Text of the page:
Introducing the MN Climate Innovation Finance Authority

Rep. Emma Greenman and Sen. Tou Xiong have introduced a bill (HF2336/SF2301) to establish the Minnesota Climate Innovation Finance Authority (MnCIFA). If enacted, the MnCIFA will bridge financing gaps in clean energy and is run by the state government.

We are so excited to have gotten to this point and look forward to making this innovative finance tool a reality in Minnesota!

Now is the time for Minnesota to create and fund a CIFA to:

  • Fill gaps with innovative financing tools that drive public purpose outcomes, not profits.
  • Bring the transition to scale across Minnesota. Now is the time. With federal funding soon becoming available and a significant infusion of one-time surplus funds, we need to multiply the impact of one-time surplus dollars over the next 10 years and beyond.
  • Provide regional offices around the state to offer a one-stop shop of technical and financial assistance, which will:
    • provide individuals with everything they need to succeed in a project;
    • partner with organizations such as county housing agencies to determine needs and plan and bring innovation to a neighborhood, community, business district, etc.; and
    • fund community non-profits in every region to help do this work. 
  • Take advantage of federal Inflation Act Reduction funds.

The MnCIFA aims to reduce the upfront and total costs of the project for otherwise underserved communities using financial tools like:

  • Inclusive Financing models (Pay as You Save), which orient the evaluation of an idea to the cash flow of the project itself, as opposed to focusing on the “credit-worthiness” of the “borrower.”
  • Community ownership models, which proactively encourage shared systems like community solar, district ground-source heating and cooling, micro-grids, or other innovative business models that provide shared infrastructure benefiting many, independent of whether they own property or have access to capital.
  • Traditional, but-better financial instruments, such as:
    • direct lending
    • co-investments that use public funds with private financier’s investment
    • reduced risk options (e.g., loan loss reserves or guarantees)
    • aggregating projects that may be smaller or geographically diverse

Take Action

Contact your legislator and ask them to support the establishment of the MnCIFA.

Fill out this form to tell us about your community and what project ideas this financing can make a reality. We will use these ideas in our outreach to legislators as to why this bill is important across Minnesota. 


Why does Minnesota need the MnCIFA?

Traditional funding options have huge equity barriers. If you have poor credit or insufficient starting capital, you often can’t get the funding needed for clean energy and sustainability projects. The MnCIFA will open up funding for underserved individuals and communities and will help more families, cities, and schools reduce their energy costs and carbon footprint.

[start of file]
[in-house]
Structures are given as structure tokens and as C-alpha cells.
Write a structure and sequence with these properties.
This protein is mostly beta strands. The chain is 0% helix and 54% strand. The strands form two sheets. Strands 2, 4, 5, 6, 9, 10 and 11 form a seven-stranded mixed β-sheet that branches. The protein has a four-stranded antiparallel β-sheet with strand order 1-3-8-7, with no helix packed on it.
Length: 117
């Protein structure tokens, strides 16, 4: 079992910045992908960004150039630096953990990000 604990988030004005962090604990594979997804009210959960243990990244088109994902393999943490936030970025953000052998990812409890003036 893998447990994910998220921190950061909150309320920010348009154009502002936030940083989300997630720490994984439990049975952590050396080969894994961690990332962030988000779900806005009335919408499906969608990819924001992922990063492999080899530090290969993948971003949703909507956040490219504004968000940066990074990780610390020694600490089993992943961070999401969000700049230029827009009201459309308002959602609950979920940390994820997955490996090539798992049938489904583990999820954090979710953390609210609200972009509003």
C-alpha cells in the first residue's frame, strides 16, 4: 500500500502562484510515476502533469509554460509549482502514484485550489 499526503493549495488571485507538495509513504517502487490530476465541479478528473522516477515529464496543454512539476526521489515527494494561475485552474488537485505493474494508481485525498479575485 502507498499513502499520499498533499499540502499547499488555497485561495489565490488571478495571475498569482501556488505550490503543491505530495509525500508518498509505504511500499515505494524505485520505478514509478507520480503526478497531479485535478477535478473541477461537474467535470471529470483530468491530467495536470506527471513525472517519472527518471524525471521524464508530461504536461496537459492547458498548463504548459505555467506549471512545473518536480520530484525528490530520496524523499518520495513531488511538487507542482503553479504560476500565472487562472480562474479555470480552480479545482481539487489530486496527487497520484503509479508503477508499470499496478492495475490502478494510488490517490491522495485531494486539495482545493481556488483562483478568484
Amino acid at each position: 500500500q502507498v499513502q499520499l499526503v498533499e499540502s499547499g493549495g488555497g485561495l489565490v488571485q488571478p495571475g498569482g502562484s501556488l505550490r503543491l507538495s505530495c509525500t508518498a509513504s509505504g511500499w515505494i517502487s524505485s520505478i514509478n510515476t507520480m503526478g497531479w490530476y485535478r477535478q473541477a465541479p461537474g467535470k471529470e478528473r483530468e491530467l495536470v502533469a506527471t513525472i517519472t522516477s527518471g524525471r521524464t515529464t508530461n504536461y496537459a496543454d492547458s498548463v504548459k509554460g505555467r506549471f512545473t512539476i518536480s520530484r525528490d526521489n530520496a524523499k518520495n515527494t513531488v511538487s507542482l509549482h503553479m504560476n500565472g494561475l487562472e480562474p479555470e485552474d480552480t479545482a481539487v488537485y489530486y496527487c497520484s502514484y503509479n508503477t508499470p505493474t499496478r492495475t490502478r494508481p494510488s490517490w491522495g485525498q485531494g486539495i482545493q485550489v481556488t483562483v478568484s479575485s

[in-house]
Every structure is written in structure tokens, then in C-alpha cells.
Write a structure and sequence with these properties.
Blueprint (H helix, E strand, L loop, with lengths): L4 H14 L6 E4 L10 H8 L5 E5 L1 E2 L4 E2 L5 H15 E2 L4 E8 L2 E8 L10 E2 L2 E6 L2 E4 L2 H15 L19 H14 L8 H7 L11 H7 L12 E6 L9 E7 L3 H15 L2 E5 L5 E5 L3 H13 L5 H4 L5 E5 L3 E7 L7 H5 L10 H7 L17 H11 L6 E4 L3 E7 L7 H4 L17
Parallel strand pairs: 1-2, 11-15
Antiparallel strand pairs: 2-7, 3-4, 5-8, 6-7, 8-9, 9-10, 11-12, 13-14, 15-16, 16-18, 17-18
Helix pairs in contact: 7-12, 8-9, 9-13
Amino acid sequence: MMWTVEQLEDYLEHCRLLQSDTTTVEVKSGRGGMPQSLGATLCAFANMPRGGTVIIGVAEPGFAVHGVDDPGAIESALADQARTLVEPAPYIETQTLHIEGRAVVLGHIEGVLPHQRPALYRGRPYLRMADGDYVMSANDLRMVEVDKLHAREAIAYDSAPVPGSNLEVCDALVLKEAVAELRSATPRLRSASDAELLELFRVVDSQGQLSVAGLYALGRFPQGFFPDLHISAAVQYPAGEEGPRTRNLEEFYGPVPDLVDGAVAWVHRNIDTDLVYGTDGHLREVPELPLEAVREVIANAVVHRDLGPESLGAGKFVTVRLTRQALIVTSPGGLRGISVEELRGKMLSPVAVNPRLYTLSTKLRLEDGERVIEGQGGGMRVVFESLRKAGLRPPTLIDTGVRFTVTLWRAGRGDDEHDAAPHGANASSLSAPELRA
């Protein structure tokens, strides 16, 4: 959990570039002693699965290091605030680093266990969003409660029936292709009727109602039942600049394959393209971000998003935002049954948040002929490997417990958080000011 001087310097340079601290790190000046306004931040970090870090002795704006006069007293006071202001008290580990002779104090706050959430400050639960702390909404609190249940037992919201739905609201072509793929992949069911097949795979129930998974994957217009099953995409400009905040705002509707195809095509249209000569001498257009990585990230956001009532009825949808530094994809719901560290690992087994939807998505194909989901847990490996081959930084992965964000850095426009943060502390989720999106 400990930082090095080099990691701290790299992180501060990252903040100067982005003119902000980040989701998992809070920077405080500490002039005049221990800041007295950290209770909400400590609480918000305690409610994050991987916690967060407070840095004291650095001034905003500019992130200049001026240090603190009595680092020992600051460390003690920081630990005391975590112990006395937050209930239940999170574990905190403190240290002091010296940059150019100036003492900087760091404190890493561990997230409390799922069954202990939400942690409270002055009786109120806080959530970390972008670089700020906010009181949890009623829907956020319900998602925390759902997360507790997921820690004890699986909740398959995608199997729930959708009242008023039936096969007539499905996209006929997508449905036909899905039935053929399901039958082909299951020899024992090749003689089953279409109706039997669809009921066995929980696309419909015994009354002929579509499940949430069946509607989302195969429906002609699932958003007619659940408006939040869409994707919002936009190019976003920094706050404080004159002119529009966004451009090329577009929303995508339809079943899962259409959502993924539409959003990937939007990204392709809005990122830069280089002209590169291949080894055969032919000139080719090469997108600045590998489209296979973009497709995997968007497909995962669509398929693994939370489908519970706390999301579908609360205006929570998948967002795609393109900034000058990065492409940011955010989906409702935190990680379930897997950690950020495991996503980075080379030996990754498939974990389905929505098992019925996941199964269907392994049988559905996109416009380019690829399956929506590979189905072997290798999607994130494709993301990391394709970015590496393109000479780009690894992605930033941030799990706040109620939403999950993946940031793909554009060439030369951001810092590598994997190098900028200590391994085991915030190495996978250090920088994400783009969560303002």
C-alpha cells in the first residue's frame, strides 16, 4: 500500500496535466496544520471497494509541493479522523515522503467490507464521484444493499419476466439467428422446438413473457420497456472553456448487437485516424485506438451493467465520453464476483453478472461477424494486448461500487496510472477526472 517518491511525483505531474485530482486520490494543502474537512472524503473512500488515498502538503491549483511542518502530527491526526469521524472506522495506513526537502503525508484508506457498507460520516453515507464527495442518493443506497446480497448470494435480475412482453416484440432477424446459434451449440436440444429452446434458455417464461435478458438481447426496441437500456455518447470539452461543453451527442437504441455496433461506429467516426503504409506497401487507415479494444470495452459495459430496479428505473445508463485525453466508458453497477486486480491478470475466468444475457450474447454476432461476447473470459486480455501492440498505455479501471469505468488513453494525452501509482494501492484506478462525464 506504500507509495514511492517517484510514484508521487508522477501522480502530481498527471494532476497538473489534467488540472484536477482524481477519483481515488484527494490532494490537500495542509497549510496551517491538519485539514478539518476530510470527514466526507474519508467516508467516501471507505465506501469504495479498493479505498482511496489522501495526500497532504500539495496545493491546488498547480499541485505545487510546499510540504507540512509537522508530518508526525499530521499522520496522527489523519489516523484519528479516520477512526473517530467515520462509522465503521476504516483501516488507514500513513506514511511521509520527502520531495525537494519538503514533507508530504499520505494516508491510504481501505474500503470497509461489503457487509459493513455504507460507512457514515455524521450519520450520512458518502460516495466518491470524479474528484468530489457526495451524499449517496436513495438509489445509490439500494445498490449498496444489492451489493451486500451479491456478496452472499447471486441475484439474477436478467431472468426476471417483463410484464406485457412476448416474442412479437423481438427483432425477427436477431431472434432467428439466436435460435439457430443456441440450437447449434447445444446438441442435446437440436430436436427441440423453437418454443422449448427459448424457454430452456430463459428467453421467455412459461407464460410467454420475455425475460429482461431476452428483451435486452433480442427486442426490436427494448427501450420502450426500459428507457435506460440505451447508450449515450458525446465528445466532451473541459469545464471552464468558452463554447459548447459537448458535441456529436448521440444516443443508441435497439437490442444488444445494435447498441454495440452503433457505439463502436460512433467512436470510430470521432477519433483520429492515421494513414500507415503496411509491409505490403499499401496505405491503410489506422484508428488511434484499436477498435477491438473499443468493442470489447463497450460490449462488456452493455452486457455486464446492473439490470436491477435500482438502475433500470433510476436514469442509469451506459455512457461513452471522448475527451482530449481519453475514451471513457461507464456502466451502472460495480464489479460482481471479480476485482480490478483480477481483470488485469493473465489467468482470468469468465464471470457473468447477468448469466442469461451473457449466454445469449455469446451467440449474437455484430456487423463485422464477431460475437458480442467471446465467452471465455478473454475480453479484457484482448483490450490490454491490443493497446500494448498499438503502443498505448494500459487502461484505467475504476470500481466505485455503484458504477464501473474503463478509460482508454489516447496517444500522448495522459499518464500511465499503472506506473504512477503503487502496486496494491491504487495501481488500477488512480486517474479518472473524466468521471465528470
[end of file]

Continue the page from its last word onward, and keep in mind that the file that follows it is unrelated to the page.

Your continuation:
The Federal government has passed multiple laws that put funding for these entities. States must create an entity to leverage federal dollars and private funds.

What is in the MnCIFA bill?

The proposal appropriates $45 million from the general fund for working capital and initial project investment to the MnCIFA. The MnCIFA positions Minnesota to maximize federal IRA green financing funds via competitive grants, with federal funds potential depending on final application requirements.

The MnCIFA has a similar structure and purpose to the other “green banks” established in 17 states and Washington D.C. Currently, 23 green finance authorities in states across the U.S. have turned $2 billion in public funds into $9 billion in green investment. Leveraging private investment means a state can do more. 

How could Minnesotans benefit from this finance tool?

Current private investment activity for efficiency and renewables are a great start, but they don’t achieve the scale, meet all of the needs, or incentivize the quick adoption of better building standards in the way that a Climate Innovation Finance Authority could.  

What potential gaps could the MnCIFA fill?

  • Community-wide projects like geothermal or district heating and cooling, community solar, or microgrids that require significant coordination and pre-design.
  • Lower- to moderate-income households and businesses that are perceived as riskier borrowers or otherwise don’t currently meet the requirements of private lenders. Without upfront capital to take advantage of tax rebates, many people will be left out of opportunities to choose renewables and save money.
  • Agricultural Sector: Farms, strapped for time and people power, find it difficult to navigate funding and find technical assistance. New crops need funding to get through the “Commercialization Valley of Death.”
  • Smaller KW projects: Because of increased costs per transaction, banks prefer to lend to larger projects, often leaving smaller projects unfunded.
  • Influencing Building Standards: Public investment of sufficient scale and capacity, when tied to zero-emission building standards, can help drive markets towards better outcomes (for example, affordable housing with extremely low energy bills). 

How can I learn more?

Watch the recording of our Minnesota Green Bank study circle from February 1, 2023.